I think Squaw's got their work cut out for themselves just improving what they've already got.  I agree that the lifts could use some real attention.  I'd be hard-pressed to decide which lifts to replace first.  I mean, do you address the oldest lifts, the slowest lifts, the breaking-est lifts, the ones with the longest lines?  For my tastes, I'd hit Squaw Creek, Silverado and Granite Chief before I did anything with Siberia.  And what's with Cornice II?  Either run it or remove it.  For some strange reason, I'd leave Olympic Lady alone, but it should run more.  Similar with Broken Arrow.

 

Anyway, does anyone know the practical maximum number of lifts they could replace over a single summer?  It's my guess that even if they wanted to spend the whole $50 million on new lifts, they couldn't get it done too quickly.

post #37 of 142

I thought I'd heard Siberia was definitely getting replaced... pretty sure one of Squaw's marketing folks on Facebook alluded to that after the last evacuation incident back in February or March.

post #38 of 142

Well, skilifts.org does list Siberia, but I'm not sure I'd treat that as fact:

 

http://www.skilifts.org/forum/index.php?app=ccs&module=pages&section=pages&id=56&category=3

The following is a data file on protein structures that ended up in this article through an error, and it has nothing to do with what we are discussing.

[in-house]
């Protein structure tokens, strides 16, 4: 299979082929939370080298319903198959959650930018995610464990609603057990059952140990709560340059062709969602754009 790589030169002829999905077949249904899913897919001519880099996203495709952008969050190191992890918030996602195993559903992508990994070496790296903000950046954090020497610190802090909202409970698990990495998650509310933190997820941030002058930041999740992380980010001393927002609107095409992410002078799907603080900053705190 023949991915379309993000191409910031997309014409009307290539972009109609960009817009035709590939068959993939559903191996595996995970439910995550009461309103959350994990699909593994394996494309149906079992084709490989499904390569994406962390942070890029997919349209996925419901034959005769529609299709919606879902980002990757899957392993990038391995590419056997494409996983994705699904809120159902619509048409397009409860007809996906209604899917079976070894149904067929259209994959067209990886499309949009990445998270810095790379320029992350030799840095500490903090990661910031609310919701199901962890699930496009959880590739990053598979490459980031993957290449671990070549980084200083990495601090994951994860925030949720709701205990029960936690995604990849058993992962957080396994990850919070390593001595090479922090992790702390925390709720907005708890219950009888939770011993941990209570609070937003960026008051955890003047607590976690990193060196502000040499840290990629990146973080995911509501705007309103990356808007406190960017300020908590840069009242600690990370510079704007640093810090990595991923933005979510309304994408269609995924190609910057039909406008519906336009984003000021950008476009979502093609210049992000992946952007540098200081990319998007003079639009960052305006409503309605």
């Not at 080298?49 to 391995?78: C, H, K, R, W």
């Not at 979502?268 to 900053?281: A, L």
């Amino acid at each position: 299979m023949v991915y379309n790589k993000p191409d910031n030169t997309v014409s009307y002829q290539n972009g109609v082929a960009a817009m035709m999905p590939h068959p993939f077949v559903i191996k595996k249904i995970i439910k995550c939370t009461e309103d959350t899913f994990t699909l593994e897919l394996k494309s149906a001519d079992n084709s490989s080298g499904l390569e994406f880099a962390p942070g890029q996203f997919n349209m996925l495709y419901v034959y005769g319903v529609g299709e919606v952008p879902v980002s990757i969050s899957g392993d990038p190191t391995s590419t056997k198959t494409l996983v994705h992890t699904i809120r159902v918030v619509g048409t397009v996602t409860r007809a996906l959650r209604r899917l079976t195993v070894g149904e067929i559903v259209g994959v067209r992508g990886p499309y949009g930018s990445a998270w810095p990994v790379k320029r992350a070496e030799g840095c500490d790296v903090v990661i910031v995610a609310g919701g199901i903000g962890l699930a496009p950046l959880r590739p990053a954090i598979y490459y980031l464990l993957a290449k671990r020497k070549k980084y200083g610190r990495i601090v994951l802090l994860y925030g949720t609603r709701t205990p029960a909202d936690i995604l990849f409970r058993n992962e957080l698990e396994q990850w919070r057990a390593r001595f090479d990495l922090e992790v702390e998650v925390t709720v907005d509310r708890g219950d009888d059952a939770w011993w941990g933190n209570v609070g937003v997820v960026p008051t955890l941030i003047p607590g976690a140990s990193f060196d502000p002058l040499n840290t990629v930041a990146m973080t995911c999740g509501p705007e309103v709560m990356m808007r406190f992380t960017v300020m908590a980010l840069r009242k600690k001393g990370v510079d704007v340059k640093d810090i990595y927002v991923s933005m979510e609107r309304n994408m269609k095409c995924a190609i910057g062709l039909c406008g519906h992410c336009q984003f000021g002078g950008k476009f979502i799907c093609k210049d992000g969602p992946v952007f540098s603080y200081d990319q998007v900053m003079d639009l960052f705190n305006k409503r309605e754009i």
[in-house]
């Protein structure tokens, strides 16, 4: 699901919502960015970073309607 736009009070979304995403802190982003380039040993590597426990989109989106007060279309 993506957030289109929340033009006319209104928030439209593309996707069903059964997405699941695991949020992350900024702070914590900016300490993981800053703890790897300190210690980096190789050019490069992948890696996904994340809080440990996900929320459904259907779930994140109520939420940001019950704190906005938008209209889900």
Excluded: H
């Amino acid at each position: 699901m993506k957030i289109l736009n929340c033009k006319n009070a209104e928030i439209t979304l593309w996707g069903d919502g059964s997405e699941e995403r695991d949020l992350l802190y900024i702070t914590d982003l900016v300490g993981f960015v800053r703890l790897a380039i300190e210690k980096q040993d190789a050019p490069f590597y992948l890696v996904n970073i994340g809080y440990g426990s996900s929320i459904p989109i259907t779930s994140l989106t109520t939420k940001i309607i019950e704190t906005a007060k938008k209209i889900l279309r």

post #39 of 142
Thread Starter 

Well, making Siberia a six-pack will be pretty stupid.  First of all, this lift never has a huge line and is a high-speed quad already. Second, it serves a wide-open smooth weather-exposed bowl which is the first place on the mountain to become unskiable when the weather moves in.  You just cannot ski Siberia on a storm day or in fog unless you like to ski by touch.  

 

The lifts that needs to be replaced are Granite, Red Dog, Squaw Creek, and Silverado.  All those lifts become big bottlenecks at some kind of conditions.  

Red Dog will relief the crowding on KT-22 on storm days, 

Squaw Creek is the only lift that serves good terrain that typically runs in any weather.  

Silverado has unbearable lines on a bluebird powder day, and the capacity of the lift is far below the amount of terrain it serves.  Squaw should use Silverado more, period.